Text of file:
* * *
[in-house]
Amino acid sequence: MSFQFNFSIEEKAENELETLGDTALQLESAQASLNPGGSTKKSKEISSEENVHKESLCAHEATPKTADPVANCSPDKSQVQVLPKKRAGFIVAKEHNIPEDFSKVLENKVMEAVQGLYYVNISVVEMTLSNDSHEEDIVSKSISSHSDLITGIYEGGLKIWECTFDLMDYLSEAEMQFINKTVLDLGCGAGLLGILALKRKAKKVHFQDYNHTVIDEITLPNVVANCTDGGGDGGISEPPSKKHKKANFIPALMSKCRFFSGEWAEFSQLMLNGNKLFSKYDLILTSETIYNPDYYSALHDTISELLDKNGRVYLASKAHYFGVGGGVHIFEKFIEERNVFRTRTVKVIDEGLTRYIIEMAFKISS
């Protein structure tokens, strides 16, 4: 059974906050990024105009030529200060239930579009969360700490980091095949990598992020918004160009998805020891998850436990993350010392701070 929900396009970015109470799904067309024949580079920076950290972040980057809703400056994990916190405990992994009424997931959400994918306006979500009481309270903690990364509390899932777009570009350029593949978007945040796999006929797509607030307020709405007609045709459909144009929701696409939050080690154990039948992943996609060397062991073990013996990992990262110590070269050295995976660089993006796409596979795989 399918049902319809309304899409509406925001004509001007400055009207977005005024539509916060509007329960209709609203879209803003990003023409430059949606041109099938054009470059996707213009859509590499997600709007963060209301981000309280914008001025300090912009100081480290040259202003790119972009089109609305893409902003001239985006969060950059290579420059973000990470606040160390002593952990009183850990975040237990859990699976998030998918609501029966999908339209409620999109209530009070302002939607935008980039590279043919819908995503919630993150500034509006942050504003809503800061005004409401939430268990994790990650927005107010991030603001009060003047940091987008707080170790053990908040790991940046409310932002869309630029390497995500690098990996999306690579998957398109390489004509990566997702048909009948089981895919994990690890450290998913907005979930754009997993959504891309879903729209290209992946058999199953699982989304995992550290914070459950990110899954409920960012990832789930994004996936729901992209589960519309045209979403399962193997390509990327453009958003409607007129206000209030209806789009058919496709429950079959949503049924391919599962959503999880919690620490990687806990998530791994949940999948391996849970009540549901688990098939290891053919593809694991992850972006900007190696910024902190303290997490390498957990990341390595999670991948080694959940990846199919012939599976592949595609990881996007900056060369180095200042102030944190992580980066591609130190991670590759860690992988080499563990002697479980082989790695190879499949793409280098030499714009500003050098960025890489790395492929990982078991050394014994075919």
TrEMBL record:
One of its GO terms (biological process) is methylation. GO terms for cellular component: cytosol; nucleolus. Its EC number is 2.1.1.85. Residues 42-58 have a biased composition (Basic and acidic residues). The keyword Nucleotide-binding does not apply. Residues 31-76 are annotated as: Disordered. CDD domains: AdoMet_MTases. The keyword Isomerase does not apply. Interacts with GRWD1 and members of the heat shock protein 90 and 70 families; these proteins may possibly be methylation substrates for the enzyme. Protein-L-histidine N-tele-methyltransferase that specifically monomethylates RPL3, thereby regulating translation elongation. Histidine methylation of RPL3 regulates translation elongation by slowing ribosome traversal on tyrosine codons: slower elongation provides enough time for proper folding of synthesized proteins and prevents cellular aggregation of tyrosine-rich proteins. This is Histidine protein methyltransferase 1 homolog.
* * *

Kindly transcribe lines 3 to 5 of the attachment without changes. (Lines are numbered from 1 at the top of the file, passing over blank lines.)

């Protein structure tokens, strides 16, 4: 059974906050990024105009030529200060239930579009969360700490980091095949990598992020918004160009998805020891998850436990993350010392701070 929900396009970015109470799904067309024949580079920076950290972040980057809703400056994990916190405990992994009424997931959400994918306006979500009481309270903690990364509390899932777009570009350029593949978007945040796999006929797509607030307020709405007609045709459909144009929701696409939050080690154990039948992943996609060397062991073990013996990992990262110590070269050295995976660089993006796409596979795989 399918049902319809309304899409509406925001004509001007400055009207977005005024539509916060509007329960209709609203879209803003990003023409430059949606041109099938054009470059996707213009859509590499997600709007963060209301981000309280914008001025300090912009100081480290040259202003790119972009089109609305893409902003001239985006969060950059290579420059973000990470606040160390002593952990009183850990975040237990859990699976998030998918609501029966999908339209409620999109209530009070302002939607935008980039590279043919819908995503919630993150500034509006942050504003809503800061005004409401939430268990994790990650927005107010991030603001009060003047940091987008707080170790053990908040790991940046409310932002869309630029390497995500690098990996999306690579998957398109390489004509990566997702048909009948089981895919994990690890450290998913907005979930754009997993959504891309879903729209290209992946058999199953699982989304995992550290914070459950990110899954409920960012990832789930994004996936729901992209589960519309045209979403399962193997390509990327453009958003409607007129206000209030209806789009058919496709429950079959949503049924391919599962959503999880919690620490990687806990998530791994949940999948391996849970009540549901688990098939290891053919593809694991992850972006900007190696910024902190303290997490390498957990990341390595999670991948080694959940990846199919012939599976592949595609990881996007900056060369180095200042102030944190992580980066591609130190991670590759860690992988080499563990002697479980082989790695190879499949793409280098030499714009500003050098960025890489790395492929990982078991050394014994075919």
TrEMBL record:
One of its GO terms (biological process) is methylation. GO terms for cellular component: cytosol; nucleolus. Its EC number is 2.1.1.85. Residues 42-58 have a biased composition (Basic and acidic residues). The keyword Nucleotide-binding does not apply. Residues 31-76 are annotated as: Disordered. CDD domains: AdoMet_MTases. The keyword Isomerase does not apply. Interacts with GRWD1 and members of the heat shock protein 90 and 70 families; these proteins may possibly be methylation substrates for the enzyme. Protein-L-histidine N-tele-methyltransferase that specifically monomethylates RPL3, thereby regulating translation elongation. Histidine methylation of RPL3 regulates translation elongation by slowing ribosome traversal on tyrosine codons: slower elongation provides enough time for proper folding of synthesized proteins and prevents cellular aggregation of tyrosine-rich proteins. This is Histidine protein methyltransferase 1 homolog.